http://www.co2science.org/data/mwp/mwpp.php

          From all over the world! So you lied again

          Strike 30.

          No one is going to believe a liar. So you might as well stop lying.

        • tonyp says:

          This is not a peer-reviewed paper. This is a specific selection of regional studies that have little probative power. Take for example the drought in Uganda. That does not indicate warming that indicates a change in precipitation patterns which could equally well be due to cooling. If this synthesis were a valid representation of the data it itself would be a paper. It is not. It’s a web-site, web-sites are not peer-reviewed studies.

        • philjourdan says:

          The links are to articles that link to the papers! If you are too lazy to follow links, that is your problem.

          Strike 70.

        • gator69 says:

          Pearls before swine.

          Less than 10 years of Argo, with buoys in new locations, and values less than their error proves the oceans are warming. But multiple peer reviewed studies over decades, along with historical record showing a LIA and MWP, are meaningless. 😆

          This is a true zealot, who will continue to parrot alarmist taking points and ignore all else.

          Pathetic.

        • tonyp says:

          I will take this opportunity to point out that the patently ridiculous and contradictory results Gail has presented pass uncriticised and unchallenged by the assembled phalanx of champions of science. No one, not even Gail, has attempted to defend setting surface radiation to zero but keeping back-scatter. No one, not even Gail has been able to explain why 396 watts per square metre of surface radiation becomes 40 watts per square metre at the top of atmosphere with back-scatter which people will swear up and down cannot exist.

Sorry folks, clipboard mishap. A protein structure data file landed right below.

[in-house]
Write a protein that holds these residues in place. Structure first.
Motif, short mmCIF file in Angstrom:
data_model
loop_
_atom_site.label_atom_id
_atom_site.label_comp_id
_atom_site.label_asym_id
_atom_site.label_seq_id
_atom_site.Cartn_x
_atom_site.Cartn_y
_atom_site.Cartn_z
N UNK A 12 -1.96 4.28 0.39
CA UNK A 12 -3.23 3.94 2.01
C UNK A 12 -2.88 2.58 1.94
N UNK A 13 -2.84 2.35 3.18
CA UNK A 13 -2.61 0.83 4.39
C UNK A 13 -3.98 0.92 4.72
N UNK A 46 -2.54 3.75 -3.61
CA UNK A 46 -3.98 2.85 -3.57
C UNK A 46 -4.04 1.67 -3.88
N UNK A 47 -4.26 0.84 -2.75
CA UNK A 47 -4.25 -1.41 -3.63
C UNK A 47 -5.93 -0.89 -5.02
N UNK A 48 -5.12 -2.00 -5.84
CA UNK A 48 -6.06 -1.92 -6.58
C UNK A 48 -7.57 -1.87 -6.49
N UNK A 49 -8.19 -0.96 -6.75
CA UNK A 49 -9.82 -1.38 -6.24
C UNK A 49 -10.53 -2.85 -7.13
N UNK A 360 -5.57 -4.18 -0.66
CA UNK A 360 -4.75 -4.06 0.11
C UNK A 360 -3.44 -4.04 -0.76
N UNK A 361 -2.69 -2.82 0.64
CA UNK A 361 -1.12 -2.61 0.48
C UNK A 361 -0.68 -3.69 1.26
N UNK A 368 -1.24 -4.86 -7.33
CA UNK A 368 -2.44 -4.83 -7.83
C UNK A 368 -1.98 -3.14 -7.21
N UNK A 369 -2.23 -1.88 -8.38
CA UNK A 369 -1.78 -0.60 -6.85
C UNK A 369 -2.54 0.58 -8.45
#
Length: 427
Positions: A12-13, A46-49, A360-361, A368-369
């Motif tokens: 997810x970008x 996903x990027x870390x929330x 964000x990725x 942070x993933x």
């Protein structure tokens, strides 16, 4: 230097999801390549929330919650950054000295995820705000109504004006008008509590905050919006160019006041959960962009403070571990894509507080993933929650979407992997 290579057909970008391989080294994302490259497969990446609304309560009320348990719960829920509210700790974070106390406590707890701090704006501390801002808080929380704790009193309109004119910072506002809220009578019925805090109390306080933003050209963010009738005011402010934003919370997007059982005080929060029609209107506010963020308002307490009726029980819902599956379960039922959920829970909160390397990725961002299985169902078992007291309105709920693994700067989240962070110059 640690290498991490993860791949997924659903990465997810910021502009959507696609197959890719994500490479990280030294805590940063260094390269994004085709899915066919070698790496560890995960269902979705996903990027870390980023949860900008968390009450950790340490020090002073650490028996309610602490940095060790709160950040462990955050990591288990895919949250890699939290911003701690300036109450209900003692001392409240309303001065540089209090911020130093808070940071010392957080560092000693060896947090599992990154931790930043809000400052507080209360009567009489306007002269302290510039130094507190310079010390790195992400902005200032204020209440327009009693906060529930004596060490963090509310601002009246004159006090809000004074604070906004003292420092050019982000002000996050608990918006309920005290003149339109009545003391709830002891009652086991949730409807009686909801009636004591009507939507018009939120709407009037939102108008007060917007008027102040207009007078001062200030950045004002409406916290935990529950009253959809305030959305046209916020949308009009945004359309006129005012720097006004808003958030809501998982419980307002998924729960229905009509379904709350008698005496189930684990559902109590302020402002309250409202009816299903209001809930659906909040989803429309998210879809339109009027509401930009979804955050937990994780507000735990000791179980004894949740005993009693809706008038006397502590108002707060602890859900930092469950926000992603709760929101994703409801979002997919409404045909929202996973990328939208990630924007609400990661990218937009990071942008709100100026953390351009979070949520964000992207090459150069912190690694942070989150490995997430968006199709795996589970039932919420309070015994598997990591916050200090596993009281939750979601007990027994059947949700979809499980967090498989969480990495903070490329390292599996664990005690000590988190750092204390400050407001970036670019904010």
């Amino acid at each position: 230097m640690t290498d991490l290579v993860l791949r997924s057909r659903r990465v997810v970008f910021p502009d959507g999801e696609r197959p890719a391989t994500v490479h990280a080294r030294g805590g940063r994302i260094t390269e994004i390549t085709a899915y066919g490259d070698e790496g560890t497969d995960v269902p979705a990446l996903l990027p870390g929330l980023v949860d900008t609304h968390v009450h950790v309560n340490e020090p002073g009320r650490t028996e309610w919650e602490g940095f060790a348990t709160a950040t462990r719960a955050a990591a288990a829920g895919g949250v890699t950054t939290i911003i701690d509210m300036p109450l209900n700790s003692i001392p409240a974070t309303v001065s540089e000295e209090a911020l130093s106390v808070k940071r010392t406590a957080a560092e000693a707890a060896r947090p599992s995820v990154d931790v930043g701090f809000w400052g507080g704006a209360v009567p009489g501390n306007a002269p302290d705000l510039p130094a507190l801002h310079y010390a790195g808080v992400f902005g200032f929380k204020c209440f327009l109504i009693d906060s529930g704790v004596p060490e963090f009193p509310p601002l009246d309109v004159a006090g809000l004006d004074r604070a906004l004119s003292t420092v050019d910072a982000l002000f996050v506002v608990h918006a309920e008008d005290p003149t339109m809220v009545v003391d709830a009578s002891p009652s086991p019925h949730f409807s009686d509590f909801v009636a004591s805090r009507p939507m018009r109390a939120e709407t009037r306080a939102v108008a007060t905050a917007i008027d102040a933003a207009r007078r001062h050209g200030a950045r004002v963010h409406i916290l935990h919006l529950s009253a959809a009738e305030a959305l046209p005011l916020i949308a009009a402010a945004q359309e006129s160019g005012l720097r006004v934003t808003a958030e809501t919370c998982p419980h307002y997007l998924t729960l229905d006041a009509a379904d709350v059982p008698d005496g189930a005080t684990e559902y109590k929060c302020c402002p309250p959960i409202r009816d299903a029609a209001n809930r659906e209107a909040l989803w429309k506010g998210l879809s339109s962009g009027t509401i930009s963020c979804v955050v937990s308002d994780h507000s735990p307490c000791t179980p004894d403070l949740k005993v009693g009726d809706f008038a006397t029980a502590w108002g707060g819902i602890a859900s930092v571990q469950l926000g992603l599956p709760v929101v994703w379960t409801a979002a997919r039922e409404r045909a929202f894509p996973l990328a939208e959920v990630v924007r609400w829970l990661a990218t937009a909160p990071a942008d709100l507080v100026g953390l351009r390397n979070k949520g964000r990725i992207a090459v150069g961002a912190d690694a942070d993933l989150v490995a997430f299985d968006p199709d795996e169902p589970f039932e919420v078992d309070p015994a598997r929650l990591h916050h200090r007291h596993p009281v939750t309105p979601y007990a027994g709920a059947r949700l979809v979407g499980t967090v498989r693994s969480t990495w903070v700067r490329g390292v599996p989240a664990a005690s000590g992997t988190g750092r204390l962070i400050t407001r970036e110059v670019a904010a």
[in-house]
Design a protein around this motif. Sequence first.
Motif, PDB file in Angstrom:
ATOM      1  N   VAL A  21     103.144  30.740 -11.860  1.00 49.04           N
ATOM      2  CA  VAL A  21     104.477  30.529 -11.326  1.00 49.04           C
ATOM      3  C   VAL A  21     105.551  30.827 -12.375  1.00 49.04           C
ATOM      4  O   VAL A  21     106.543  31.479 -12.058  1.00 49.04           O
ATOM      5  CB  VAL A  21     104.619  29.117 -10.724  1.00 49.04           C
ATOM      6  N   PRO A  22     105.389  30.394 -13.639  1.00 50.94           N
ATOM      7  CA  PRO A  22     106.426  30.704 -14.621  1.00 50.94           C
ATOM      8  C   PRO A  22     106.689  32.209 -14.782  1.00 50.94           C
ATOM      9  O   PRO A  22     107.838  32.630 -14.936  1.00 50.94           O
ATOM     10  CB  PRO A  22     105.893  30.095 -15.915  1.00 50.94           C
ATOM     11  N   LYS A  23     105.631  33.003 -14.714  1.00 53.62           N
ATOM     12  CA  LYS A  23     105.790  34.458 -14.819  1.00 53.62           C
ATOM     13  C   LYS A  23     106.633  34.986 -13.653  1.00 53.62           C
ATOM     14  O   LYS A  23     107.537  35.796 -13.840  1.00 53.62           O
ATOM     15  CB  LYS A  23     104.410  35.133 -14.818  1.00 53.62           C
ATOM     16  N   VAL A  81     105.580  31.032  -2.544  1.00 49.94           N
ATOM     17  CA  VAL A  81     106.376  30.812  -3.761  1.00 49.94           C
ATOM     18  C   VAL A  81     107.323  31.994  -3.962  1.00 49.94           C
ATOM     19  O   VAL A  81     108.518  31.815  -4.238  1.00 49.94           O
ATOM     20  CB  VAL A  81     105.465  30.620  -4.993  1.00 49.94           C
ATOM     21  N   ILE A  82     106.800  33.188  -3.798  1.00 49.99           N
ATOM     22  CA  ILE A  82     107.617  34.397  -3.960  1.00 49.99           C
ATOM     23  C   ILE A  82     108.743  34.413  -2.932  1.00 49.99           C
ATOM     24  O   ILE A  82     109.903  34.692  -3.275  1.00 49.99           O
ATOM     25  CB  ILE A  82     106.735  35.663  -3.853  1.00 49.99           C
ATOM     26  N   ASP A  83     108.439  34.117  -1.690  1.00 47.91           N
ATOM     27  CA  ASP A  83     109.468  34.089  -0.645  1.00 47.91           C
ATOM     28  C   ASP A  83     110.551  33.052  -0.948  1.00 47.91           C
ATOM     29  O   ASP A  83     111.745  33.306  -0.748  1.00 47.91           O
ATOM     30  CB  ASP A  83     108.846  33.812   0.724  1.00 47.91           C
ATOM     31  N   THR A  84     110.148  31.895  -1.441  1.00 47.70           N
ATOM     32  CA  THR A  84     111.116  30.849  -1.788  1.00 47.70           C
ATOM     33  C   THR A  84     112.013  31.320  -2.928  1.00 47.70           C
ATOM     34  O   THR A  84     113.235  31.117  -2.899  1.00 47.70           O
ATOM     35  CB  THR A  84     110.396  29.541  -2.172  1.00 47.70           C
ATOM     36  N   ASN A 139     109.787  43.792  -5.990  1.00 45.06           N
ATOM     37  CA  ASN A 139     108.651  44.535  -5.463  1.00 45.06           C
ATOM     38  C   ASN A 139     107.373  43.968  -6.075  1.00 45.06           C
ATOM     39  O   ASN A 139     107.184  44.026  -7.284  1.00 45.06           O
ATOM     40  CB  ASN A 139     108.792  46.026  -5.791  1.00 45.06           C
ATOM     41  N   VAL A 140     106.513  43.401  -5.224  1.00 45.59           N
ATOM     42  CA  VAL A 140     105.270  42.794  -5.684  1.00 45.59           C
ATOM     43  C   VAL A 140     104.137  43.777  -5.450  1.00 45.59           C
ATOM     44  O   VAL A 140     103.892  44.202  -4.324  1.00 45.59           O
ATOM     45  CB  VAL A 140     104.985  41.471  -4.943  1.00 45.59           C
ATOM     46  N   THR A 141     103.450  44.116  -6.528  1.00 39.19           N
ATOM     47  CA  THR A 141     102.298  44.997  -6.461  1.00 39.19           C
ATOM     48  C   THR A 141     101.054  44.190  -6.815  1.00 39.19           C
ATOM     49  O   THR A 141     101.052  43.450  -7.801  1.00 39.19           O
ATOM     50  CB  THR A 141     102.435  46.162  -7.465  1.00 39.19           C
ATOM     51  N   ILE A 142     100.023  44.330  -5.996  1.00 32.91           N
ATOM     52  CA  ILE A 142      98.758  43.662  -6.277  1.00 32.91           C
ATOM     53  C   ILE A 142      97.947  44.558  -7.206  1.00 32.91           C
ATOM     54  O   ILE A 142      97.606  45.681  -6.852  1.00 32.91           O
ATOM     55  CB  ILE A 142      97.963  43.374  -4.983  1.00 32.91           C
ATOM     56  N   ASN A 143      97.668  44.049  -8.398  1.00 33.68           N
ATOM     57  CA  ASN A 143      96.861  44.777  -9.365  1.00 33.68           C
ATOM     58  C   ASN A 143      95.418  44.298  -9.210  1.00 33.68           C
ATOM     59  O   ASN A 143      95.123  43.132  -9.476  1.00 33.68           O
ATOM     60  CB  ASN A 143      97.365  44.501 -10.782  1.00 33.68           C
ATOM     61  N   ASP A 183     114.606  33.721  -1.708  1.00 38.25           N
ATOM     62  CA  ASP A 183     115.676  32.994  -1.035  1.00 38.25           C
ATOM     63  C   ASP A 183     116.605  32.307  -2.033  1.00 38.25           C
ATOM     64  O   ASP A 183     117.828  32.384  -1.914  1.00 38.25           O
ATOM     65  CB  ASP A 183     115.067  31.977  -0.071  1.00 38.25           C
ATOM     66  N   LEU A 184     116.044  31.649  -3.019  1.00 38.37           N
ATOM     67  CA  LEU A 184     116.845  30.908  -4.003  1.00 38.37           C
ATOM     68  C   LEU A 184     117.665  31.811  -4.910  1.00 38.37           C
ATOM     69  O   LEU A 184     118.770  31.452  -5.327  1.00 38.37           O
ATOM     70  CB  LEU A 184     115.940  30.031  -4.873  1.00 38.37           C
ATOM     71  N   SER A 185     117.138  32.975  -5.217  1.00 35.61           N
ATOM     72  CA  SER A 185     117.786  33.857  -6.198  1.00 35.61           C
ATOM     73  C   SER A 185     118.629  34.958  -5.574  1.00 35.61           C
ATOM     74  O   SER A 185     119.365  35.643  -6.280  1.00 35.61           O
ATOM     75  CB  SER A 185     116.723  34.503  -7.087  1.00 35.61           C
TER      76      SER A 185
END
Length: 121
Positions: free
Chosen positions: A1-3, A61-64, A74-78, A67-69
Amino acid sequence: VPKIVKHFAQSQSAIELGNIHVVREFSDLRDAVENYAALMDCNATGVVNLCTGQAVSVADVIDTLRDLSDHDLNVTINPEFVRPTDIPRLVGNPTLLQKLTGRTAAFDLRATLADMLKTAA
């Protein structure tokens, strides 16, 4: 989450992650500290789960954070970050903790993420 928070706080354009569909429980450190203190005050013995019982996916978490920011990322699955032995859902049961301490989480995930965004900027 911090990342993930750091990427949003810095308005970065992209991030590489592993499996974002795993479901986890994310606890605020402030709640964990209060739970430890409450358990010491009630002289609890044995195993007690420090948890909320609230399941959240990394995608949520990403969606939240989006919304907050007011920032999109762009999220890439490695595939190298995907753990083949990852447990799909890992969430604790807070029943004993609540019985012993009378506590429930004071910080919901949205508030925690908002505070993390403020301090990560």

None of you seem to understand the impact of Dr Evans’ additional degrees of freedom on his ability to manufacture data fit.

          And none of you are capable of presenting your arguments without being insulting.

          I approached this thread with an experimental attitude. They can’t all be that crazy. At least one of them must be capable of understanding simple mathematics. This has been proven untrue.

          The mathematics of the uncertainty of means is an old result. This is basic statistics. Your claims regarding it are false. You can test this by going to a statistician and talking to them. This is fundamental. Find an expert and get their opinion. Don’t assume that you’re right. You can take the characteristics of Argo floats to them and see what they say. But no, not one of you has done this because you have an impression of what the truth is and verifying it against the real world, which you repeat over and over is your guiding philosophy is just something you won’t do.

          You don’t understand mathematics. You won’t take the trouble to educate yourselves. You won’t even allow information to be transmitted to you free of any effort on your part.